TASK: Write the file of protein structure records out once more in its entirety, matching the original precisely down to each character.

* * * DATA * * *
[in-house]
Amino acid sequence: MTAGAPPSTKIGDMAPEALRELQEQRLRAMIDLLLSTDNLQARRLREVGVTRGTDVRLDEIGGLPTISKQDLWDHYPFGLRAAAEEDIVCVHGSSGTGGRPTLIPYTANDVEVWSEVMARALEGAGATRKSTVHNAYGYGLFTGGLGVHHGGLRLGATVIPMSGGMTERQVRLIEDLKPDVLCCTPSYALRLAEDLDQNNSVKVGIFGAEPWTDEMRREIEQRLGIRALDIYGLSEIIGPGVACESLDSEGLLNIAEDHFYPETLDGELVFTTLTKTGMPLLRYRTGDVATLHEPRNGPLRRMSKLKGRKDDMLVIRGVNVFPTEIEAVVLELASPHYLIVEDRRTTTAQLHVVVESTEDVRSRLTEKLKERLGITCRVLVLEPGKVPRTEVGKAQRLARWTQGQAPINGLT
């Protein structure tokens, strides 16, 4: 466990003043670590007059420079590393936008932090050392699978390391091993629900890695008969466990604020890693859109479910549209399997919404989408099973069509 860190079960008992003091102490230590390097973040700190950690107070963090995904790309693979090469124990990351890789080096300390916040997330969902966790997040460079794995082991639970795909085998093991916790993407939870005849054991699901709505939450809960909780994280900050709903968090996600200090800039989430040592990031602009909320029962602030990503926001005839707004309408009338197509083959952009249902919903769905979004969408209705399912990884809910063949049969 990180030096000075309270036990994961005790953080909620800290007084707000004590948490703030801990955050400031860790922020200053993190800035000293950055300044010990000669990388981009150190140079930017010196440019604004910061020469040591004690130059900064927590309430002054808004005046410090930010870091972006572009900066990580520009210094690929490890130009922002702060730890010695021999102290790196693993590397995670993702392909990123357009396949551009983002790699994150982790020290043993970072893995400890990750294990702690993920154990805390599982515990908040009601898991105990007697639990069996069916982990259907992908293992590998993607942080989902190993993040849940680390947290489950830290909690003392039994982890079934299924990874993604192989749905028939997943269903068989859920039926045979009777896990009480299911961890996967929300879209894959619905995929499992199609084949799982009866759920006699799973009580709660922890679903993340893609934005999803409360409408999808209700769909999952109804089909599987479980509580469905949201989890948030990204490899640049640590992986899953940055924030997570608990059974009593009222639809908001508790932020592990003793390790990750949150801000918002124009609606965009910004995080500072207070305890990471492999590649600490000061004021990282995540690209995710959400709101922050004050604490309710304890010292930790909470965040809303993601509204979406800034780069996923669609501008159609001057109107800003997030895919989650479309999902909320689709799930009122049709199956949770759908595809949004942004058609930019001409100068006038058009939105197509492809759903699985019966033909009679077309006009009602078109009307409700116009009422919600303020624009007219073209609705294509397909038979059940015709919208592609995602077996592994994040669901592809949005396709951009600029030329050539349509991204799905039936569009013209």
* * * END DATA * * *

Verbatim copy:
[in-house]
Amino acid sequence: MTAGAPPSTKIGDMAPEALRELQEQRLRAMIDLLLSTDNLQARRLREVGVTRGTDVRLDEIGGLPTISKQDLWDHYPFGLRAAAEEDIVCVHGSSGTGGRPTLIPYTANDVEVWSEVMARALEGAGATRKSTVHNAYGYGLFTGGLGVHHGGLRLGATVIPMSGGMTERQVRLIEDLKPDVLCCTPSYALRLAEDLDQNNSVKVGIFGAEPWTDEMRREIEQRLGIRALDIYGLSEIIGPGVACESLDSEGLLNIAEDHFYPETLDGELVFTTLTKTGMPLLRYRTGDVATLHEPRNGPLRRMSKLKGRKDDMLVIRGVNVFPTEIEAVVLELASPHYLIVEDRRTTTAQLHVVVESTEDVRSRLTEKLKERLGITCRVLVLEPGKVPRTEVGKAQRLARWTQGQAPINGLT
């Protein structure tokens, strides 16, 4: 466990003043670590007059420079590393936008932090050392699978390391091993629900890695008969466990604020890693859109479910549209399997919404989408099973069509 860190079960008992003091102490230590390097973040700190950690107070963090995904790309693979090469124990990351890789080096300390916040997330969902966790997040460079794995082991639970795909085998093991916790993407939870005849054991699901709505939450809960909780994280900050709903968090996600200090800039989430040592990031602009909320029962602030990503926001005839707004309408009338197509083959952009249902919903769905979004969408209705399912990884809910063949049969 990180030096000075309270036990994961005790953080909620800290007084707000004590948490703030801990955050400031860790922020200053993190800035000293950055300044010990000669990388981009150190140079930017010196440019604004910061020469040591004690130059900064927590309430002054808004005046410090930010870091972006572009900066990580520009210094690929490890130009922002702060730890010695021999102290790196693993590397995670993702392909990123357009396949551009983002790699994150982790020290043993970072893995400890990750294990702690993920154990805390599982515990908040009601898991105990007697639990069996069916982990259907992908293992590998993607942080989902190993993040849940680390947290489950830290909690003392039994982890079934299924990874993604192989749905028939997943269903068989859920039926045979009777896990009480299911961890996967929300879209894959619905995929499992199609084949799982009866759920006699799973009580709660922890679903993340893609934005999803409360409408999808209700769909999952109804089909599987479980509580469905949201989890948030990204490899640049640590992986899953940055924030997570608990059974009593009222639809908001508790932020592990003793390790990750949150801000918002124009609606965009910004995080500072207070305890990471492999590649600490000061004021990282995540690209995710959400709101922050004050604490309710304890010292930790909470965040809303993601509204979406800034780069996923669609501008159609001057109107800003997030895919989650479309999902909320689709799930009122049709199956949770759908595809949004942004058609930019001409100068006038058009939105197509492809759903699985019966033909009679077309006009009602078109009307409700116009009422919600303020624009007219073209609705294509397909038979059940015709919208592609995602077996592994994040669901592809949005396709951009600029030329050539349509991204799905039936569009013209």